While newspaper executives around the country wring their hands about declines in readership and rack their brains about how to bring in younger readers, student newspapers continue to thrive.
Perhaps the professionals should be looking to student papers for the answers.
In fact, some of them are.
In her blog, Run of Paper, this week, Jody Reese, publisher of a small group of free newspapers and magazines in Manchester, New Hampshire, writes about the success of college papers.
"Despite Facebook and Myspace, college kids still read their campus newspapers, in print," Reese writes. "What does it say about the death of newspapers that as many as 76 percent of college kids say they have read one of the last five issues of their college newspaper?" (The statistic comes from a 2006 report from Y2M: Youth Media & Market Networks and College Publisher that also found 44 percent of students read their college papers in print at least twice per week and 33 percent pick them up at least once per month. By comparison, only 28 percent of college students regularly read their community papers in print -- and even fewer read community papers online.)
"It says that nothing is wrong with the medium of the newsprint," Reese continues. "It should loudly remind newspaper companies that it's their poor content that is driving younger readers away for their products, not college students' lack of interest in civic affairs or the internets."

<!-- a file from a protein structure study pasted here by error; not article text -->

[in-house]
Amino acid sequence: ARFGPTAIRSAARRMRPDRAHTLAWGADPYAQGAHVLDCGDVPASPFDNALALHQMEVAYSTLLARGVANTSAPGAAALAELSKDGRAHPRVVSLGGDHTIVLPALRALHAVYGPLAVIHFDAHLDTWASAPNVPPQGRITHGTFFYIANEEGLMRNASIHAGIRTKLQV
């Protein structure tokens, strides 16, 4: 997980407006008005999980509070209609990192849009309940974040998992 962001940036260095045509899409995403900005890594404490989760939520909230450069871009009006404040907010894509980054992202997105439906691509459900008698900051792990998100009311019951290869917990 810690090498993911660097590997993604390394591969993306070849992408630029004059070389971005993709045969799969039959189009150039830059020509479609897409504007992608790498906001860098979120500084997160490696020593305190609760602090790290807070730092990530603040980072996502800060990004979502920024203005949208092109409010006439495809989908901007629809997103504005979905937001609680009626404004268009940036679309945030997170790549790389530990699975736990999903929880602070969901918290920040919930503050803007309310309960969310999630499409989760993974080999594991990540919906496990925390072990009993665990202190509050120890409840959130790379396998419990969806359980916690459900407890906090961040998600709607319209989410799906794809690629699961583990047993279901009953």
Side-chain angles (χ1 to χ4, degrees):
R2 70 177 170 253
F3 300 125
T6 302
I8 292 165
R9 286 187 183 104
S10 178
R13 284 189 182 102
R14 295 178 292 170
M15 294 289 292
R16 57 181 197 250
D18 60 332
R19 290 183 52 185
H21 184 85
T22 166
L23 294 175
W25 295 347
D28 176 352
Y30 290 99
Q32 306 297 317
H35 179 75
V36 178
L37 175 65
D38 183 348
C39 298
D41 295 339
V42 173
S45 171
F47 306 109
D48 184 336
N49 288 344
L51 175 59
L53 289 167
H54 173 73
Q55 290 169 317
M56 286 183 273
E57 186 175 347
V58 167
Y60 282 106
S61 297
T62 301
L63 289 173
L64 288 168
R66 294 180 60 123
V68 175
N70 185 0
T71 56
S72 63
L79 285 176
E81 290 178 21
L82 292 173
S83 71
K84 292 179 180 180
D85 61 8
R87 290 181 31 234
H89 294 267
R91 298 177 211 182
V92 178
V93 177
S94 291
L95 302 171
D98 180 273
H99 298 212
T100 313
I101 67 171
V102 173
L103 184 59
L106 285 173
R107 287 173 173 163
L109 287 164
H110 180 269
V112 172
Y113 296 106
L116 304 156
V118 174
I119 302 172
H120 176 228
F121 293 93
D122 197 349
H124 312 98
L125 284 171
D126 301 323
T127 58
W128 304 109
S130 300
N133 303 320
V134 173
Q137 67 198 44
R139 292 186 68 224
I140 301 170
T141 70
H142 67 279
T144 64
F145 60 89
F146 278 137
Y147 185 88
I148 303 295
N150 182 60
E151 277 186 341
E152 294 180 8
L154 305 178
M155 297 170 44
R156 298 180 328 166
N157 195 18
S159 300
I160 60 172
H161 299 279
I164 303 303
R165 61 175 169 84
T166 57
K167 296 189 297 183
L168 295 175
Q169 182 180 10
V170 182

While I agree with Bryan Murley and the folks at the Center for Innovation in College Media that student newspapers need to beef up their Web sites and embrace new media, clearly college newspapers are doing something right in print.
For one thing, they're hyperlocal, just as Rob Curley of Washington Post Newsweek Interactive, suggests all papers should be.
"There's no more local paper than a campus paper," Dina Pradel, general manager of Y2M, which founded College Publisher in 1999, told The Baltimore Sun last year.
Good student newspapers write about people, places and events at a college or university that are often ignored by mainstream media. The more college papers can stick to this philosophy, the more targeted the coverage, the more successful they will be.